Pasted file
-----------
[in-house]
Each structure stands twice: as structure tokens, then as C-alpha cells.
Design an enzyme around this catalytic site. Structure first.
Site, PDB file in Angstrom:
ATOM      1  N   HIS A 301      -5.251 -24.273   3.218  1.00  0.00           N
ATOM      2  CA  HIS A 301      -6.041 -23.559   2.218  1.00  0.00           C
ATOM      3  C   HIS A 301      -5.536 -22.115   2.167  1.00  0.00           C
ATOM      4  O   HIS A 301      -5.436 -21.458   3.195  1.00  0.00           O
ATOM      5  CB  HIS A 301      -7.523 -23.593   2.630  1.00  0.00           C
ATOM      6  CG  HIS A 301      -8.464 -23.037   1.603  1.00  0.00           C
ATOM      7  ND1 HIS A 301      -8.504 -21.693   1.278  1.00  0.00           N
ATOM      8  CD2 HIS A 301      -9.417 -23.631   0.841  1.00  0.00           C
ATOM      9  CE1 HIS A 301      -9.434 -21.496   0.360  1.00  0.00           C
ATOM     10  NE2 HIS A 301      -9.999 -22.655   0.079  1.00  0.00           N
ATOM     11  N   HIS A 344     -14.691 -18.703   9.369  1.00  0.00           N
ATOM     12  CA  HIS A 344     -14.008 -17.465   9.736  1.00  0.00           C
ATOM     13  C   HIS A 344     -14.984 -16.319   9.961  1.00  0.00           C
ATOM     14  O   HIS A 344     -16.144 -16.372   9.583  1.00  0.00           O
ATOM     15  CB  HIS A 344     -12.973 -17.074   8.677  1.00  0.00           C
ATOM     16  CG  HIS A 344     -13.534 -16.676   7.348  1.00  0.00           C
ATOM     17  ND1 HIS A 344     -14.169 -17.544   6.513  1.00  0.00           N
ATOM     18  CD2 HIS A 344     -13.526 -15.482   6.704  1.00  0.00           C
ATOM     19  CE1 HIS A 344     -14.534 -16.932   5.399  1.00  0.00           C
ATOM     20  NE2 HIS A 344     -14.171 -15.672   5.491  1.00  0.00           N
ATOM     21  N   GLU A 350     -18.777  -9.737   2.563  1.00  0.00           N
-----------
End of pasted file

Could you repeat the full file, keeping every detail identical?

[in-house]
Each structure stands twice: as structure tokens, then as C-alpha cells.
Design an enzyme around this catalytic site. Structure first.
Site, PDB file in Angstrom:
ATOM      1  N   HIS A 301      -5.251 -24.273   3.218  1.00  0.00           N
ATOM      2  CA  HIS A 301      -6.041 -23.559   2.218  1.00  0.00           C
ATOM      3  C   HIS A 301      -5.536 -22.115   2.167  1.00  0.00           C
ATOM      4  O   HIS A 301      -5.436 -21.458   3.195  1.00  0.00           O
ATOM      5  CB  HIS A 301      -7.523 -23.593   2.630  1.00  0.00           C
ATOM      6  CG  HIS A 301      -8.464 -23.037   1.603  1.00  0.00           C
ATOM      7  ND1 HIS A 301      -8.504 -21.693   1.278  1.00  0.00           N
ATOM      8  CD2 HIS A 301      -9.417 -23.631   0.841  1.00  0.00           C
ATOM      9  CE1 HIS A 301      -9.434 -21.496   0.360  1.00  0.00           C
ATOM     10  NE2 HIS A 301      -9.999 -22.655   0.079  1.00  0.00           N
ATOM     11  N   HIS A 344     -14.691 -18.703   9.369  1.00  0.00           N
ATOM     12  CA  HIS A 344     -14.008 -17.465   9.736  1.00  0.00           C
ATOM     13  C   HIS A 344     -14.984 -16.319   9.961  1.00  0.00           C
ATOM     14  O   HIS A 344     -16.144 -16.372   9.583  1.00  0.00           O
ATOM     15  CB  HIS A 344     -12.973 -17.074   8.677  1.00  0.00           C
ATOM     16  CG  HIS A 344     -13.534 -16.676   7.348  1.00  0.00           C
ATOM     17  ND1 HIS A 344     -14.169 -17.544   6.513  1.00  0.00           N
ATOM     18  CD2 HIS A 344     -13.526 -15.482   6.704  1.00  0.00           C
ATOM     19  CE1 HIS A 344     -14.534 -16.932   5.399  1.00  0.00           C
ATOM     20  NE2 HIS A 344     -14.171 -15.672   5.491  1.00  0.00           N
ATOM     21  N   GLU A 350     -18.777  -9.737   2.563  1.00  0.00           N